Forwarded by Negativland.
>Nice sentiments and we all feel your passion. To borrow your allusion,
>let me play devil's advocate, and let me pose to you a couple questions
>that those who might like to change but cannot have asked me. Specifics
>in answers to questions like these are really necessary if you want to
>preach your sermon to anyone but the already converted.
>1. "Where's the radio? I need radio to make a record a hit."
>I got invited to 'explain the internet' to a bunch of label heavyweights
>sometime in 97. The above question was asked by an exec who has been
>president of two majors. He's a smart guy, artists love him, and he was
>totally convinced that the internet was the future. He was ready to take
>his personal millions and get into netmusic years ago, but this question
>was a big stumbling block. It was the toughest for me to answer then and
>I think it remains difficult. It's simply worded, but it was clear his
>meaning was twofold. The exec wasn't just asking, "What's on the
>internet that people are going to listen to like radio?" --- that's the
>easy part to answer: Spinner, Shoutcast, GreenWitch, WinMedia channels,
>iTunes, Liquid Music Network, Kerbango, MyPlay, MP3.com, etc. There was
>lots of netradio/webcasting then, there's still alot now. That said,
>it's still a tough argument to try to say that online radio is anywhere
>near the massive audience and power of traditional radio, or that it
>will be anytime soon.
>Much more import was what the exec was asking between the lines:
>something like, "Where's the system that will get my artists' music out
>there that I can influence in the way I can currently influence
>traditional radio?" As has been alluded to on this list many times,
>there's a complex web of characters involved in the world of radio
>promotion. It's a big business. It's not about letting people listen to
>what they want, when they want. It's about getting in the pipe that is
>going to force feed people your stuff. If you're the exec, you don't
>care about choice, you care about getting your new artist in that pipe.
>You want systems in place that you know will expose your new artist to a
>great number of people. Then you fight to get in that pipe. You need
>your superstar artists to bargain with so the radio station will play
>your emerging artist. You need to be able to wield influence. That's
>your job. That's the way you know how to make a hit.
>We'd all love to believe that "If the music is great, then word of mouth
>will make it a hit," would be an adequate answer, but it's not. The exec
>has seen the sad truth a thousand times --- great recordings and
>brilliant new artists often get lost, die quick deaths, and disappear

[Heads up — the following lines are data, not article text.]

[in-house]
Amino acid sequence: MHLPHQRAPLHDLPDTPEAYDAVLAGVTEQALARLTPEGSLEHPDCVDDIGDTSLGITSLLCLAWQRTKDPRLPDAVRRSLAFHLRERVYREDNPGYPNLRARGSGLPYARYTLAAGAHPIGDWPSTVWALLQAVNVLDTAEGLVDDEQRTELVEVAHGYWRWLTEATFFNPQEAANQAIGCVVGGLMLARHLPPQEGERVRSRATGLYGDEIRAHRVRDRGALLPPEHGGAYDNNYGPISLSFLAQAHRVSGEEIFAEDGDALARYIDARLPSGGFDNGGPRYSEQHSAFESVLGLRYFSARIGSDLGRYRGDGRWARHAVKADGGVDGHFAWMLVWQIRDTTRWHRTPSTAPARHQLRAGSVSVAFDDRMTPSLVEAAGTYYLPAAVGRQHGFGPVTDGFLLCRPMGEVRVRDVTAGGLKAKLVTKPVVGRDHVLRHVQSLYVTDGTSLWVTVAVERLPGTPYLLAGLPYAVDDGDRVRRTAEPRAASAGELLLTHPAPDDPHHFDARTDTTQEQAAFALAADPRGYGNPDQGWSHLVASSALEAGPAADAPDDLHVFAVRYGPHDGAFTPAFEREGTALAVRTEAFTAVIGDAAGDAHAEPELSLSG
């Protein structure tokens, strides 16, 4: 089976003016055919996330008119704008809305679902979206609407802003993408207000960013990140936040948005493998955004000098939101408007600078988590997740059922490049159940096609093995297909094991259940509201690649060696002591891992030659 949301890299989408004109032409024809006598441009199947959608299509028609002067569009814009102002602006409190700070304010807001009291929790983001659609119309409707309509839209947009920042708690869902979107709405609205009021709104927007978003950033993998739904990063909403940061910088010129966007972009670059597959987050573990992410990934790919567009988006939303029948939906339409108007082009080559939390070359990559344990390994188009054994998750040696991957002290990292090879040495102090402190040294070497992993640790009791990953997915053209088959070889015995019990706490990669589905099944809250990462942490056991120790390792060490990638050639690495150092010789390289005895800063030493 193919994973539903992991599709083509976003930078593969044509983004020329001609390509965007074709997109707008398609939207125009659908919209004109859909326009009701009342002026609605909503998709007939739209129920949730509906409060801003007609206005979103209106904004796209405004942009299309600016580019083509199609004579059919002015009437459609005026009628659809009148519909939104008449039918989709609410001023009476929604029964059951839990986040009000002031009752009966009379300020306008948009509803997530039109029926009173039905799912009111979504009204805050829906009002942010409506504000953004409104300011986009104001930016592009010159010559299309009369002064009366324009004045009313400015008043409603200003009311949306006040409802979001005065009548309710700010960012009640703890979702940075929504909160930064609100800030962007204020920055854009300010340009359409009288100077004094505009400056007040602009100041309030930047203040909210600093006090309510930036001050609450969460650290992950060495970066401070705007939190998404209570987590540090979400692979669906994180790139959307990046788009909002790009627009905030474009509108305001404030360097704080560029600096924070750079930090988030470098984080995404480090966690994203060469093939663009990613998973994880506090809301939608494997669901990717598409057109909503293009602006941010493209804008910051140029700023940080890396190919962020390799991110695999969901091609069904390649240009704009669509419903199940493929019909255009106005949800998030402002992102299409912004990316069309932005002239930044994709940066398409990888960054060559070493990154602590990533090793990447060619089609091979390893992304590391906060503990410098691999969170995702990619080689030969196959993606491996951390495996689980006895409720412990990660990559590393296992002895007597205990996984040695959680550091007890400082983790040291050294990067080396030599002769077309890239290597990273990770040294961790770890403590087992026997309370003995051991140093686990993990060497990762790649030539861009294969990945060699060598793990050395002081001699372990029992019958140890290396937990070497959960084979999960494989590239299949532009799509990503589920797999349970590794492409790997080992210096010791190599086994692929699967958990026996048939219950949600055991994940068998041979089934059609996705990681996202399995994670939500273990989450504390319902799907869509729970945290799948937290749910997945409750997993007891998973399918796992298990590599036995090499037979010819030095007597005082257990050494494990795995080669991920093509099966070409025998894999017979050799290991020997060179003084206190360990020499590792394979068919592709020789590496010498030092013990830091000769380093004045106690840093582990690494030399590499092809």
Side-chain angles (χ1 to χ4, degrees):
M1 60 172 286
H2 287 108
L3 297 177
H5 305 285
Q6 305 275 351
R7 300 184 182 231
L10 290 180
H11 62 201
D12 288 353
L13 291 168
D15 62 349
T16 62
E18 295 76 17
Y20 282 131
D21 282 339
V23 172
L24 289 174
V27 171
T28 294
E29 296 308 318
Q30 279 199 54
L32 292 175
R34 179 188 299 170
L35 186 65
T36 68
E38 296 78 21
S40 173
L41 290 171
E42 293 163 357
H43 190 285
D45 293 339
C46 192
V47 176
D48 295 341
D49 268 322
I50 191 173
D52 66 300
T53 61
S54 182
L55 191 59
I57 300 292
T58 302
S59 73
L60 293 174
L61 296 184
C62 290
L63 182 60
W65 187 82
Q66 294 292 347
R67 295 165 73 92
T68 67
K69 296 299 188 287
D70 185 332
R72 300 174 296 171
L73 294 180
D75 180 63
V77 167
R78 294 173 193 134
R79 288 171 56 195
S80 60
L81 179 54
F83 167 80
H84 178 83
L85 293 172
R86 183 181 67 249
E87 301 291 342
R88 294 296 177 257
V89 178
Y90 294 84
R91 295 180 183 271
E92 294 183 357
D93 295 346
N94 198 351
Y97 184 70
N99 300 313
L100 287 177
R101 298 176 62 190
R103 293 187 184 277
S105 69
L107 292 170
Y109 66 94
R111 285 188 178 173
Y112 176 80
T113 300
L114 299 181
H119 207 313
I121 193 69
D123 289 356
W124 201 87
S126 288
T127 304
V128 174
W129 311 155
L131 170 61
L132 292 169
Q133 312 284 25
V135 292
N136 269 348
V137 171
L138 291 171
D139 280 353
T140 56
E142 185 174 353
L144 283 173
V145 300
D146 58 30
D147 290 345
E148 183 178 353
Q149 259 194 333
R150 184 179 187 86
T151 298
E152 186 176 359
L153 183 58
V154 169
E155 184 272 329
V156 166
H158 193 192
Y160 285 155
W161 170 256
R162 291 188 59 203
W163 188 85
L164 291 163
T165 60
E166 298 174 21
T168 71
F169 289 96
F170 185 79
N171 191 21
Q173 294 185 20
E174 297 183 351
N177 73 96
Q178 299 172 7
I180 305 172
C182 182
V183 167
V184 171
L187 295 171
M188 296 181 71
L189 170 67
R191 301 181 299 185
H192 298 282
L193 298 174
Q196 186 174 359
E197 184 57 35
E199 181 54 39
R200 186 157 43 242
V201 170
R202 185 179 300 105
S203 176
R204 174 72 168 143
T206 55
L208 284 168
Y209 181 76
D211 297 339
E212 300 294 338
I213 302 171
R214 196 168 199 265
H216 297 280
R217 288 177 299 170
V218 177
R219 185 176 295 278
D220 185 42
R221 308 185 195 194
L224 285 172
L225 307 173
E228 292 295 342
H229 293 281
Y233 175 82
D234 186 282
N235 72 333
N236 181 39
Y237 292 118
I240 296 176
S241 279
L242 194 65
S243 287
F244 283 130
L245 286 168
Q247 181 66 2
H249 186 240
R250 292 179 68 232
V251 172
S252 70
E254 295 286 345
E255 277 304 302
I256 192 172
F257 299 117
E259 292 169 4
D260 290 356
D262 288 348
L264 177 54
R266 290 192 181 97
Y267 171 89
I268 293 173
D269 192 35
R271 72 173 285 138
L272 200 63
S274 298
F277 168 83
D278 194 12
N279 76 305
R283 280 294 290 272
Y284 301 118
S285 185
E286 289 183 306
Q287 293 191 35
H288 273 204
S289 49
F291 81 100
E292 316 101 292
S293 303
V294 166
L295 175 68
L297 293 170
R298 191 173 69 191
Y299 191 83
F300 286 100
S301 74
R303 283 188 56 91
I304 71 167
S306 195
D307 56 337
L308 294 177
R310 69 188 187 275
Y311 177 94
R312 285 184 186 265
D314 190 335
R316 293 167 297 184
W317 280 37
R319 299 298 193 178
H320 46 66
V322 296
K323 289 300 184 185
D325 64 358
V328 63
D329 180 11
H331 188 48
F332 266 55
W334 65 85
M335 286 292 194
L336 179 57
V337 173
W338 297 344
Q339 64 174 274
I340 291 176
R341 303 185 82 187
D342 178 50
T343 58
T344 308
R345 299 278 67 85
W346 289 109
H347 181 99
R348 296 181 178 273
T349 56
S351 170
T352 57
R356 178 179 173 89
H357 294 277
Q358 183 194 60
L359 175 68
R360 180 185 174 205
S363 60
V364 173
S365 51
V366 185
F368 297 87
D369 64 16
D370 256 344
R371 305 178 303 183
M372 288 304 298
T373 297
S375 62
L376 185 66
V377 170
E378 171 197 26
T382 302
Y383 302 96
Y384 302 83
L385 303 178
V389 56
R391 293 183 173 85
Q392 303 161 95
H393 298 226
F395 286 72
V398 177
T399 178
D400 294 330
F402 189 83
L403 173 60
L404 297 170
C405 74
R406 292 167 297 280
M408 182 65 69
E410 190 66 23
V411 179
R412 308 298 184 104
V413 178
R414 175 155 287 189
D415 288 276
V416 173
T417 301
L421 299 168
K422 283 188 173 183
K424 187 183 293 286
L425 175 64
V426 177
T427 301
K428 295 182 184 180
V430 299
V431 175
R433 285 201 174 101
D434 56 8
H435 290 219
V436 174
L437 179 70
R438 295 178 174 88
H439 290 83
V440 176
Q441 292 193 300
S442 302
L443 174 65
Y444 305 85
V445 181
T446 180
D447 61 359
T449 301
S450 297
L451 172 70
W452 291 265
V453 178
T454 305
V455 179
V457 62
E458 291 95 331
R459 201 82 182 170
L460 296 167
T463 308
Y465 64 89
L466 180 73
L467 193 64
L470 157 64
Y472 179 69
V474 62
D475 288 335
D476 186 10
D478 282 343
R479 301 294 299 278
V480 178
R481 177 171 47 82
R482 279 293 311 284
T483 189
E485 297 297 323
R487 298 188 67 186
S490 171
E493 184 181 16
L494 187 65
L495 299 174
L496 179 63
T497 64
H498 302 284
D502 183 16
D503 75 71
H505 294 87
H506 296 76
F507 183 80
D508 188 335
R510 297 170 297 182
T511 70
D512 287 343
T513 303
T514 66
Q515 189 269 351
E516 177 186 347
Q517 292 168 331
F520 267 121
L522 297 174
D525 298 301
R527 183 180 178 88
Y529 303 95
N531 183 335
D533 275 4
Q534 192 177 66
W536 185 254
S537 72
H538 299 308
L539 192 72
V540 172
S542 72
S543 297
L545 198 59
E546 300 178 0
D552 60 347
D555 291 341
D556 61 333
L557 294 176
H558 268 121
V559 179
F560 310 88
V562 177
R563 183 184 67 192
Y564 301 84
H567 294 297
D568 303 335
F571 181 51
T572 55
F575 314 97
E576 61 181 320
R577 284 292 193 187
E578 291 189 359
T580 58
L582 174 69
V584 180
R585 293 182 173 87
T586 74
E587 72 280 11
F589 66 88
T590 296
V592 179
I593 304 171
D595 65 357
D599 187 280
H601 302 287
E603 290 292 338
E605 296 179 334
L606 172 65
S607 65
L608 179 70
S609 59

>beneath the surface in a blink of an eye.
>2. "How am I going to make my nut?"
>Asked by an artist friend in a similar 'explain the internet to me'
>session in 98. This artist is signed to a major, had released three
>albums, and sold a total of over a million records. He's got a very
>standard industry contract and sees a traditional share or royalties,
>etc. He's not happy about it, and he'd love to hear the alternative.
>He's young and passionate, works like a dog, and plays live 150-200
>nights a year when he's not in the studio (he's got a big live following
>and this is how he makes his money). He'd love to tour less, play bigger
>venues, and spent more time and money in the recording studio. He sees
>the bills, and he knows that the label is a wasteful beast that is
>pissing away coin that should be going in his pocket. But what exists
>that's a viable alternative? How does the digital music revolution help
>him make a living? He's a perfectionist about his work and wants to
>control every detail of his sound, imaging, and presentation. He looks
>at the internet and sees inferior copies of crappy sounding recordings
>getting passed around without his permission. Others are making
>decisions about releasing his music for him, no one cares about
>addressing a plan for his compensation, and others are seeking to build
>businesses on his content without even tossing him the 15%. He's pissed.
>He doesn't need to give away free recordings to build a bigger and
>bigger touring base. He's got that already.
>You ask, "Yet, still to this day, the majority of artists are
>brainwashing into thinking the treditional (sic) way is the only way to
>make it in the music business. Why is this?"
>Answer: Because there is as yet no convincing evidence of a viable
>alternative. I think we'd all like to believe, but like the guy with the
>religious tract at my door, your rhetoric is long on faith and short on
>evidence. You say, "Artists need to understand that a recording contract
>is not necessarily needed to become successful and reach the masses."
>Please post a list of the artists you mention who have been successful
>and reached the masses without a recording contract. This will help me
>greatly in my next talk with my artist friend.
>Just playing devil's advocate --- or doubting Thomas if you prefer.
>Best, Tom Dolan
>Now Thomas (called Didymus), one of the Twelve, was not with the